Steve Baker is a lifelong musician and music industry professional, but he’s known for something far different now.
What started as a fun pastime writing about politics turned into something much bigger.
Baker is now a full-blown investigative journalist, and he’s found himself in a bit of hot water after his coverage of the January 6 protest — which he believes goes much deeper than the mainstream media is telling us.
His footage has been used in several January 6 documentaries, including ones made by the New York Times and HBO, as well as news agencies all over the world.
“Fast-forward two and a half years, and I just got a grand jury subpoena for it,” Baker tells James Poulos. “According to what the FBI told me and my lawyer back 21 months ago, they told me that I was going to be prosecuted for interstate racketeering.”
As no other journalists or peaceful protesters that Baker is aware of have been threatened with the same charge, Baker says “the only thing that we’ve been able to surmise is that they want to charge me with, I guess, the preconceived notion that I knew something was going to happen of an illegal nature, and therefore I traveled across state lines to get to D.C.”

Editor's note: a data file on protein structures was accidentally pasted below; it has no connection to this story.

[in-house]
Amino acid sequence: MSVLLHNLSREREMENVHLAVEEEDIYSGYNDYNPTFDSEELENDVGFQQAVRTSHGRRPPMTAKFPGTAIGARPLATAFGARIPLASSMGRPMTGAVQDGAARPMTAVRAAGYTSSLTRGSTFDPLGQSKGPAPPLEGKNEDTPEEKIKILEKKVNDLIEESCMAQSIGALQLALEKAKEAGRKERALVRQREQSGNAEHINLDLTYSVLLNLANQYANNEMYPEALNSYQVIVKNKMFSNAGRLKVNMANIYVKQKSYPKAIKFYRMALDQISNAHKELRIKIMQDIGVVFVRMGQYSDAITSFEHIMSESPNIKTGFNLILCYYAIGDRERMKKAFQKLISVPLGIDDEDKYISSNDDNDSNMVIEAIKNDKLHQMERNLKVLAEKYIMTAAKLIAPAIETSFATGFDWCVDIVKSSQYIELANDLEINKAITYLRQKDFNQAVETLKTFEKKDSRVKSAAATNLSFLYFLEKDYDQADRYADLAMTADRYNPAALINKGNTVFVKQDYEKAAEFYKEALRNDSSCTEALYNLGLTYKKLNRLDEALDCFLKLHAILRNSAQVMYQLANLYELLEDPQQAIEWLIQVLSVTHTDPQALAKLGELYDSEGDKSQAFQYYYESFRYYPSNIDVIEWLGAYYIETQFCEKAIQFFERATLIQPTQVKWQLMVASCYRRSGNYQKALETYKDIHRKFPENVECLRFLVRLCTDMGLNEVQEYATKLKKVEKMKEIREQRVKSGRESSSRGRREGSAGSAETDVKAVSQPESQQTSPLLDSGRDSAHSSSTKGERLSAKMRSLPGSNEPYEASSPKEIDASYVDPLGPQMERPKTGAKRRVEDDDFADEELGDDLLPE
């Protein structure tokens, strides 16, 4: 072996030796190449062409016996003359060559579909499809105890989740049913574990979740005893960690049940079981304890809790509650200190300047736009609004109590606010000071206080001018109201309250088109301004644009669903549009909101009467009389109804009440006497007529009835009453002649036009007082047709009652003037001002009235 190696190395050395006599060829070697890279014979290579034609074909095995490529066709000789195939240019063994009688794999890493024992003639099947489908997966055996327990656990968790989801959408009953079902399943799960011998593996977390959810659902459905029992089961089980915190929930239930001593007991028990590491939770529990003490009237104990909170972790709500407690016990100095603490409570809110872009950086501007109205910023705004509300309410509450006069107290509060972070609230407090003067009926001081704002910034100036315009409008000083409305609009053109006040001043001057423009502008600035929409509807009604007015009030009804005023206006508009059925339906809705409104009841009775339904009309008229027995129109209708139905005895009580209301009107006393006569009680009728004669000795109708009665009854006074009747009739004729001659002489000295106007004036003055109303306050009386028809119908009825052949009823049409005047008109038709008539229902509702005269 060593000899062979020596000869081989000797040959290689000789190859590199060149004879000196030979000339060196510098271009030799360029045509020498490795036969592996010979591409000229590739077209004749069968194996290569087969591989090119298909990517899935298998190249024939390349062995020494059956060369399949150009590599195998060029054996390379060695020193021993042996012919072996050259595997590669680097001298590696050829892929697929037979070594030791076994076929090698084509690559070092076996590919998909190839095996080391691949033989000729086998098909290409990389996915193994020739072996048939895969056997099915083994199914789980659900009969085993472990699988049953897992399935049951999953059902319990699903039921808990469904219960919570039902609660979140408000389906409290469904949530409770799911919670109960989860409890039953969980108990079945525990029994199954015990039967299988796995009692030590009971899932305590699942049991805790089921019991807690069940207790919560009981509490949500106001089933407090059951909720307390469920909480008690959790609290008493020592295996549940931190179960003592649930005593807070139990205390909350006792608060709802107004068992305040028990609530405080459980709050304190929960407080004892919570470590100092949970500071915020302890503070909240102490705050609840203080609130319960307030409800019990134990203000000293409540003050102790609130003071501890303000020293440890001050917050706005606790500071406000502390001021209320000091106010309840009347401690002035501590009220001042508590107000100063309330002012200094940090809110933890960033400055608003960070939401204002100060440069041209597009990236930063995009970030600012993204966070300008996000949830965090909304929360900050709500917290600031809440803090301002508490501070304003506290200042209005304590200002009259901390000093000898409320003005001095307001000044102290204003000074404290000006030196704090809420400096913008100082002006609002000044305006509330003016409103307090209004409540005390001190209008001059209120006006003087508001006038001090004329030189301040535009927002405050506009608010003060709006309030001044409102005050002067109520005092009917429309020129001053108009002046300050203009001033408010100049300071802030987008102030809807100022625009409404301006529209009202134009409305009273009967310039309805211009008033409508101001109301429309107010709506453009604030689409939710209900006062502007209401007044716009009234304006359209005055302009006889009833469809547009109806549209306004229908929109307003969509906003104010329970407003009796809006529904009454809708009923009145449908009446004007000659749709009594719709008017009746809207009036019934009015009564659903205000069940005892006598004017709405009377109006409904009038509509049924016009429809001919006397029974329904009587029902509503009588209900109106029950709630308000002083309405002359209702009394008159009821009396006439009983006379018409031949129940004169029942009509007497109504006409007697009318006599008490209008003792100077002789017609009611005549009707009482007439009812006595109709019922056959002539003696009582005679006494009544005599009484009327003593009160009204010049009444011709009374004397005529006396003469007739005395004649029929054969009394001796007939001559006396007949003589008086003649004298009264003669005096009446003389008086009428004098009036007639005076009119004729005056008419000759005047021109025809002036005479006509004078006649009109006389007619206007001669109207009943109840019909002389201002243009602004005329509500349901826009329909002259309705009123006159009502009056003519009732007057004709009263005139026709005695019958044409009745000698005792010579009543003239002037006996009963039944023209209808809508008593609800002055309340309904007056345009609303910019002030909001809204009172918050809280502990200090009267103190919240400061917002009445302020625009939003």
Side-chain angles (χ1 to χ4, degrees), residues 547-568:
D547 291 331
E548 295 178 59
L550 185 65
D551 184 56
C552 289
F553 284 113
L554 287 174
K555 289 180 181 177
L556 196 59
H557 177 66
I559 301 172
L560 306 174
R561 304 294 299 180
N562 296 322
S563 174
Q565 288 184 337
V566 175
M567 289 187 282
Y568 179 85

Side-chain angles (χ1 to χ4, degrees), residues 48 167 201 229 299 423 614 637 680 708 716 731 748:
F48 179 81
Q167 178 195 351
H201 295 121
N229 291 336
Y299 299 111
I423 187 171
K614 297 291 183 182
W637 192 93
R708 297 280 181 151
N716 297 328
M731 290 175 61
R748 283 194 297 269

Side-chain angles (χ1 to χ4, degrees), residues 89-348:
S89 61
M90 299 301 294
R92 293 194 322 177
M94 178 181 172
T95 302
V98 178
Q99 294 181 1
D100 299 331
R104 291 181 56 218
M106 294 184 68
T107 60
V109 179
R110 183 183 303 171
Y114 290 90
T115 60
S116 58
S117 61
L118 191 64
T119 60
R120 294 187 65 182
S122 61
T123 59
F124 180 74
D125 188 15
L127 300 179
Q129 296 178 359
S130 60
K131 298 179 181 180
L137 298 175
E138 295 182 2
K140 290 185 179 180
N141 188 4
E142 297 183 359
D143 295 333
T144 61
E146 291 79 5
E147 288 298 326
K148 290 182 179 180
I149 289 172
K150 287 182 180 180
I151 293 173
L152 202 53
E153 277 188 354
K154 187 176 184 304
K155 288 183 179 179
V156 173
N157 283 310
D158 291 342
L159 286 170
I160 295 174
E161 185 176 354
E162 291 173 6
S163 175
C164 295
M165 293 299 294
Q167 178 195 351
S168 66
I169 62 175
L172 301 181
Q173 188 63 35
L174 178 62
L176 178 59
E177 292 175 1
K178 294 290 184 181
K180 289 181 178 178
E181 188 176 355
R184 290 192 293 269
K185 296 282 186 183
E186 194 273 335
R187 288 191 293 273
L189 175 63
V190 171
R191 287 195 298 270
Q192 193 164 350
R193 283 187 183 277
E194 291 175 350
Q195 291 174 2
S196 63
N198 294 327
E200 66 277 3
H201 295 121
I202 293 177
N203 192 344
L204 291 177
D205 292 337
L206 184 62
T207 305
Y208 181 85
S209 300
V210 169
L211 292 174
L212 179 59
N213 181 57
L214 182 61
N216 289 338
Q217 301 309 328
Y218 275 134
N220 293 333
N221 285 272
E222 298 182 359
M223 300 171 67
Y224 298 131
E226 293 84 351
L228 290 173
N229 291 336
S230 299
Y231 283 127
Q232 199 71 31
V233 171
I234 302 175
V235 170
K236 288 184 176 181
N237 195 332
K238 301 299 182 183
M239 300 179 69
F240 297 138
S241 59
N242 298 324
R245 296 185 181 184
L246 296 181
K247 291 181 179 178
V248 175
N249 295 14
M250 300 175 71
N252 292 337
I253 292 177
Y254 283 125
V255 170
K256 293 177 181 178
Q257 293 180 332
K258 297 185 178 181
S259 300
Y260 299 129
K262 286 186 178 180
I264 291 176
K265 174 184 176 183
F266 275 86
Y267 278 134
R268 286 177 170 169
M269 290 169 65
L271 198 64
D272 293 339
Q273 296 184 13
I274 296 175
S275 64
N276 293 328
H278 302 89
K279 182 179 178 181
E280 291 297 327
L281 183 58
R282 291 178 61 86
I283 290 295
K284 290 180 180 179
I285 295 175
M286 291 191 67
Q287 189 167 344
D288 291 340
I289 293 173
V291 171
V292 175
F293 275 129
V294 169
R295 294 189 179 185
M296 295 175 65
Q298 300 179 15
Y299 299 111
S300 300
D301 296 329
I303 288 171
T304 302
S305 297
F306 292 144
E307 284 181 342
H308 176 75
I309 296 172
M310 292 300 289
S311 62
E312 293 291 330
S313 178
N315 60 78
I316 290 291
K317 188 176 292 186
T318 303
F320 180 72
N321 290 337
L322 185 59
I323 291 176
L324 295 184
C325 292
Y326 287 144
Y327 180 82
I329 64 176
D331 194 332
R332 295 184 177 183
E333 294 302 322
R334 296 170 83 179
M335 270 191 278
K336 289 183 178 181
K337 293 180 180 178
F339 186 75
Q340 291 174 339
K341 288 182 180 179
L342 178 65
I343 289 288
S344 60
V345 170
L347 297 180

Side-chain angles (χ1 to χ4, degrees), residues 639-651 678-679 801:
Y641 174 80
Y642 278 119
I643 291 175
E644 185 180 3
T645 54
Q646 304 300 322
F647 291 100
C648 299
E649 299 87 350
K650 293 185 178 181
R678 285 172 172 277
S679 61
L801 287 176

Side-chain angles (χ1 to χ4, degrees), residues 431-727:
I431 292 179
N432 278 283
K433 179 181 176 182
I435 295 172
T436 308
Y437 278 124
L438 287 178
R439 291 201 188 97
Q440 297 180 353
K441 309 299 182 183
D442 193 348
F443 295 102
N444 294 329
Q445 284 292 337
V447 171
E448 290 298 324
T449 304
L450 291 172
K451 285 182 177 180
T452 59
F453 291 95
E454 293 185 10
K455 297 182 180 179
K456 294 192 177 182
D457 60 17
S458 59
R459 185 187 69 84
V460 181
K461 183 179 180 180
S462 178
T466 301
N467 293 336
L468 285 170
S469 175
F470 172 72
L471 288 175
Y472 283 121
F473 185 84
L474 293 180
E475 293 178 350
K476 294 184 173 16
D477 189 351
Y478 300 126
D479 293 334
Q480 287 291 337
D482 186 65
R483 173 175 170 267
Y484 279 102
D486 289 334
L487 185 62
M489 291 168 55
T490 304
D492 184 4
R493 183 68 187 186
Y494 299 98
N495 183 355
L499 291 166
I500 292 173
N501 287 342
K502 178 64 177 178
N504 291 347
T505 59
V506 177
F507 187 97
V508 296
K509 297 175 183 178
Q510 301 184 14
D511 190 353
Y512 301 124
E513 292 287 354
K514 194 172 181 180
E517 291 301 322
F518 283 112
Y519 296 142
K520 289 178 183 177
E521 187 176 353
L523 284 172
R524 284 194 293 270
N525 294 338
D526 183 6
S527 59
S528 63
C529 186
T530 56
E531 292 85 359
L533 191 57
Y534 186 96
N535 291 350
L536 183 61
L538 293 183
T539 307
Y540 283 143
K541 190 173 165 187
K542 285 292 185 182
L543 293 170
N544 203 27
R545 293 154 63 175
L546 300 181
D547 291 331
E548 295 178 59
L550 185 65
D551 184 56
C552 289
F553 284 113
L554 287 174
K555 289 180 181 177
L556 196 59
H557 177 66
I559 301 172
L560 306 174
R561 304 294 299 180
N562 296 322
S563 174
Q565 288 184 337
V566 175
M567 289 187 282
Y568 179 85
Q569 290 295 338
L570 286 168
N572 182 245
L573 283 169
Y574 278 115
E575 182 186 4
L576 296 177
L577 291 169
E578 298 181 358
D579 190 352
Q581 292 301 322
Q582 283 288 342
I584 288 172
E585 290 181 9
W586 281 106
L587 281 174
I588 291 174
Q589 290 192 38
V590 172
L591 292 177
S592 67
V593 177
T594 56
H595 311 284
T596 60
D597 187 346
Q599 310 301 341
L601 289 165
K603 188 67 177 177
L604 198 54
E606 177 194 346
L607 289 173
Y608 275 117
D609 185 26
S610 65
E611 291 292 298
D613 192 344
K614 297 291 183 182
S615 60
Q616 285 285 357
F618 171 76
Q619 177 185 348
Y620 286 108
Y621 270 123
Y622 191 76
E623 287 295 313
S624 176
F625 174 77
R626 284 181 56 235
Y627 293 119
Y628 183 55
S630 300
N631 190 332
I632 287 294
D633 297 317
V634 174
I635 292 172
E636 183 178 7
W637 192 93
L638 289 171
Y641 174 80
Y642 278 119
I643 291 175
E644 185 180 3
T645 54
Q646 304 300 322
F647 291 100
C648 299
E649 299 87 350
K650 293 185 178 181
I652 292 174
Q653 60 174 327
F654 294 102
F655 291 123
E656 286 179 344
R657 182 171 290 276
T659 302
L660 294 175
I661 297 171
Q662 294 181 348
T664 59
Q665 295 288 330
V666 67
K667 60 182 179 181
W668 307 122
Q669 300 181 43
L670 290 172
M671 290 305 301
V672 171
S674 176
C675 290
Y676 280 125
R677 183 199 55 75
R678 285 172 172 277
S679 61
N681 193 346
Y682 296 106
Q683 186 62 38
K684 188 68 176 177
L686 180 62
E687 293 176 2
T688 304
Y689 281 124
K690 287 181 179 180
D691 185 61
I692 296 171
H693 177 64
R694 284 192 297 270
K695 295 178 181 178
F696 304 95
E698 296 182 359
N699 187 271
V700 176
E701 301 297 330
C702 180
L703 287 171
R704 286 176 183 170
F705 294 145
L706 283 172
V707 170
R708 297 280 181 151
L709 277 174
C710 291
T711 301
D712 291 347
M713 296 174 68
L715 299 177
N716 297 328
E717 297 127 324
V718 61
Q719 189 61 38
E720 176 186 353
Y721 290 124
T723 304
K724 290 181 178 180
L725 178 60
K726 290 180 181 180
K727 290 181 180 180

Despite the accusations, Baker is one of only five journalists who have been granted access to over 41,000 hours of footage from the protest.
He notes that he became suspicious of what was really going on during one of the trials last year.
“There was a moment where I felt like that I saw something untoward or something suspicious happening between the lead prosecuting attorney, his name is Jeffrey Nestler, an assistant U.S. attorney, and Judge Amit Mehta, who was sitting on the bench in this particular trial.”
According to Baker, his “antennas went up” when he saw what he believed to be “suppression of evidence” and “collusion.”
That’s when he began digging.
“I backdoored my way into the Capitol to see these videos” as well as “into seeing some of this evidence that was under court seal,” he tells Poulos.
He was able to verify that what he saw in court was in fact a suppression of evidence “that would quite likely be exculpatory evidence for these defendants.”
However, that’s not all Baker has found.
“What we have discovered is not only suppression of evidence, but also the creation out of thin air of evidence that did not exist for the purpose of convicting,” Baker tells Poulos, adding that “there are people who have been scapegoated who have become the patsies, who have become the anointed leaders of the insurrection.”
Those “anointers leaders” were in fact “not at all” and “have been falsely accused.”
While Baker cannot currently release the names of these scapegoats, he will soon be able to take a few Blaze reporters with him into the video room, where he says he will finally be able to “get this off my chest.”
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